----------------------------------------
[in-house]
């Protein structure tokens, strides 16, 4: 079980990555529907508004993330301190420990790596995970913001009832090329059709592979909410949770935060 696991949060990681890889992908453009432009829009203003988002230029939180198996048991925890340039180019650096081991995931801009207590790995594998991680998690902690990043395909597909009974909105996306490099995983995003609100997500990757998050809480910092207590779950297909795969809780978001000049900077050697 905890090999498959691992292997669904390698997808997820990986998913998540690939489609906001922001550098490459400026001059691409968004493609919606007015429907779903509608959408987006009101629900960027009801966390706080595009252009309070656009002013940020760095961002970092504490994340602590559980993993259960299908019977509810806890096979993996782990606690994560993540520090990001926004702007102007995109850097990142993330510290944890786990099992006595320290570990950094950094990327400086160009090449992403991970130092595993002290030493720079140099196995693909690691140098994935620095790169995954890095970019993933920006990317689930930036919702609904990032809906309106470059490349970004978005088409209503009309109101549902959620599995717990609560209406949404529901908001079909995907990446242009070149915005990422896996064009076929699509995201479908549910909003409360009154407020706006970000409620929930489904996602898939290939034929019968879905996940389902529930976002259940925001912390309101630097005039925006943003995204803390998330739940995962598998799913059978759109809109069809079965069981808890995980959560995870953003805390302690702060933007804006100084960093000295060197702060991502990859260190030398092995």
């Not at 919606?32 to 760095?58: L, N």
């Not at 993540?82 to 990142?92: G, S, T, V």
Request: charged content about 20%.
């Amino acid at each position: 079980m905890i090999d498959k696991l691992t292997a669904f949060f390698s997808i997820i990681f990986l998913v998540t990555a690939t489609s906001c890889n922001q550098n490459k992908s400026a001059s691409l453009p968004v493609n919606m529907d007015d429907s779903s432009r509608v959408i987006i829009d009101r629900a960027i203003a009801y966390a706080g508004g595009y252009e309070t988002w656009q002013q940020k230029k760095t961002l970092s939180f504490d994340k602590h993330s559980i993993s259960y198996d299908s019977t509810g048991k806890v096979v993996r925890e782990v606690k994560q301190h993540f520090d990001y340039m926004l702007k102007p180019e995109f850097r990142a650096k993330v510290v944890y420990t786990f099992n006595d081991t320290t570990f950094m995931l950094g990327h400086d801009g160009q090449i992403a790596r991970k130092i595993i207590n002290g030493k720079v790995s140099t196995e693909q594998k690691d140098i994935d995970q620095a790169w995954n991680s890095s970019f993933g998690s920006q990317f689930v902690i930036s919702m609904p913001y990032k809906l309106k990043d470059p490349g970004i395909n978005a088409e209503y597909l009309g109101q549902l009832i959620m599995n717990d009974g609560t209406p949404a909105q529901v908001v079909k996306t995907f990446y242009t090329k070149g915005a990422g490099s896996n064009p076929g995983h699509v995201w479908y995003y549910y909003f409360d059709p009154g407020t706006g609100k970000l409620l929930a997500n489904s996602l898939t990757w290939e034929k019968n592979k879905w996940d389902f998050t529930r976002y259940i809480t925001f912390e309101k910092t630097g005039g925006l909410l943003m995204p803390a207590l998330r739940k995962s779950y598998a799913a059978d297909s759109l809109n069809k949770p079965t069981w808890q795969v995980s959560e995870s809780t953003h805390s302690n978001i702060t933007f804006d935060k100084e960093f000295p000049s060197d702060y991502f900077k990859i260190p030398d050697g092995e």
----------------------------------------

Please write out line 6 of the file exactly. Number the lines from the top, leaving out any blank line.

């Amino acid at each position: 079980m905890i090999d498959k696991l691992t292997a669904f949060f390698s997808i997820i990681f990986l998913v998540t990555a690939t489609s906001c890889n922001q550098n490459k992908s400026a001059s691409l453009p968004v493609n919606m529907d007015d429907s779903s432009r509608v959408i987006i829009d009101r629900a960027i203003a009801y966390a706080g508004g595009y252009e309070t988002w656009q002013q940020k230029k760095t961002l970092s939180f504490d994340k602590h993330s559980i993993s259960y198996d299908s019977t509810g048991k806890v096979v993996r925890e782990v606690k994560q301190h993540f520090d990001y340039m926004l702007k102007p180019e995109f850097r990142a650096k993330v510290v944890y420990t786990f099992n006595d081991t320290t570990f950094m995931l950094g990327h400086d801009g160009q090449i992403a790596r991970k130092i595993i207590n002290g030493k720079v790995s140099t196995e693909q594998k690691d140098i994935d995970q620095a790169w995954n991680s890095s970019f993933g998690s920006q990317f689930v902690i930036s919702m609904p913001y990032k809906l309106k990043d470059p490349g970004i395909n978005a088409e209503y597909l009309g109101q549902l009832i959620m599995n717990d009974g609560t209406p949404a909105q529901v908001v079909k996306t995907f990446y242009t090329k070149g915005a990422g490099s896996n064009p076929g995983h699509v995201w479908y995003y549910y909003f409360d059709p009154g407020t706006g609100k970000l409620l929930a997500n489904s996602l898939t990757w290939e034929k019968n592979k879905w996940d389902f998050t529930r976002y259940i809480t925001f912390e309101k910092t630097g005039g925006l909410l943003m995204p803390a207590l998330r739940k995962s779950y598998a799913a059978d297909s759109l809109n069809k949770p079965t069981w808890q795969v995980s959560e995870s809780t953003h805390s302690n978001i702060t933007f804006d935060k100084e960093f000295p000049s060197d702060y991502f900077k990859i260190p030398d050697g092995e």